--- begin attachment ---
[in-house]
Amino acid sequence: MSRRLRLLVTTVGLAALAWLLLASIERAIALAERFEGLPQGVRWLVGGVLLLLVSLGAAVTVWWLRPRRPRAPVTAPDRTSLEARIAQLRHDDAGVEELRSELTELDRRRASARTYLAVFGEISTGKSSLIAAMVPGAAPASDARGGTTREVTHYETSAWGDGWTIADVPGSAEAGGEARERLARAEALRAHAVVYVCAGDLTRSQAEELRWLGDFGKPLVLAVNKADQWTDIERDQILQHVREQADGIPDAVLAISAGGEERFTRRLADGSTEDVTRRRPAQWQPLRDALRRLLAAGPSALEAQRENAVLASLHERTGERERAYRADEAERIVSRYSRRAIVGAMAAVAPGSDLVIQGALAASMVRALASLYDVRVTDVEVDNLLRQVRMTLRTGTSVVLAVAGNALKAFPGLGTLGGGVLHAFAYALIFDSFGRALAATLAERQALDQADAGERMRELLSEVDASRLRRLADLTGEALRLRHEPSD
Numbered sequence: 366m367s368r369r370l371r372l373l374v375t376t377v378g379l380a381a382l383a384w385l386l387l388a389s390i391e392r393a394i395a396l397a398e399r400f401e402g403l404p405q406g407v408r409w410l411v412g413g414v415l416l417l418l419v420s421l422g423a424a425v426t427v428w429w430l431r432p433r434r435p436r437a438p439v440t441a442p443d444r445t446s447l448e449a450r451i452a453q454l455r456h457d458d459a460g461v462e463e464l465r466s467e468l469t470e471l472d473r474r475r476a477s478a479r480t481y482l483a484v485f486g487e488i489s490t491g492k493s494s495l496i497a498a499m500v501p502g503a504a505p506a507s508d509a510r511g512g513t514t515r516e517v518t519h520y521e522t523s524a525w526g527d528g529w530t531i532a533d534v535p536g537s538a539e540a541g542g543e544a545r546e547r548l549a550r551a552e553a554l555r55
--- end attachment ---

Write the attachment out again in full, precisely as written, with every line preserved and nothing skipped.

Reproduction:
[in-house]
Amino acid sequence: MSRRLRLLVTTVGLAALAWLLLASIERAIALAERFEGLPQGVRWLVGGVLLLLVSLGAAVTVWWLRPRRPRAPVTAPDRTSLEARIAQLRHDDAGVEELRSELTELDRRRASARTYLAVFGEISTGKSSLIAAMVPGAAPASDARGGTTREVTHYETSAWGDGWTIADVPGSAEAGGEARERLARAEALRAHAVVYVCAGDLTRSQAEELRWLGDFGKPLVLAVNKADQWTDIERDQILQHVREQADGIPDAVLAISAGGEERFTRRLADGSTEDVTRRRPAQWQPLRDALRRLLAAGPSALEAQRENAVLASLHERTGERERAYRADEAERIVSRYSRRAIVGAMAAVAPGSDLVIQGALAASMVRALASLYDVRVTDVEVDNLLRQVRMTLRTGTSVVLAVAGNALKAFPGLGTLGGGVLHAFAYALIFDSFGRALAATLAERQALDQADAGERMRELLSEVDASRLRRLADLTGEALRLRHEPSD
Numbered sequence: 366m367s368r369r370l371r372l373l374v375t376t377v378g379l380a381a382l383a384w385l386l387l388a389s390i391e392r393a394i395a396l397a398e399r400f401e402g403l404p405q406g407v408r409w410l411v412g413g414v415l416l417l418l419v420s421l422g423a424a425v426t427v428w429w430l431r432p433r434r435p436r437a438p439v440t441a442p443d444r445t446s447l448e449a450r451i452a453q454l455r456h457d458d459a460g461v462e463e464l465r466s467e468l469t470e471l472d473r474r475r476a477s478a479r480t481y482l483a484v485f486g487e488i489s490t491g492k493s494s495l496i497a498a499m500v501p502g503a504a505p506a507s508d509a510r511g512g513t514t515r516e517v518t519h520y521e522t523s524a525w526g527d528g529w530t531i532a533d534v535p536g537s538a539e540a541g542g543e544a545r546e547r548l549a550r551a552e553a554l555r55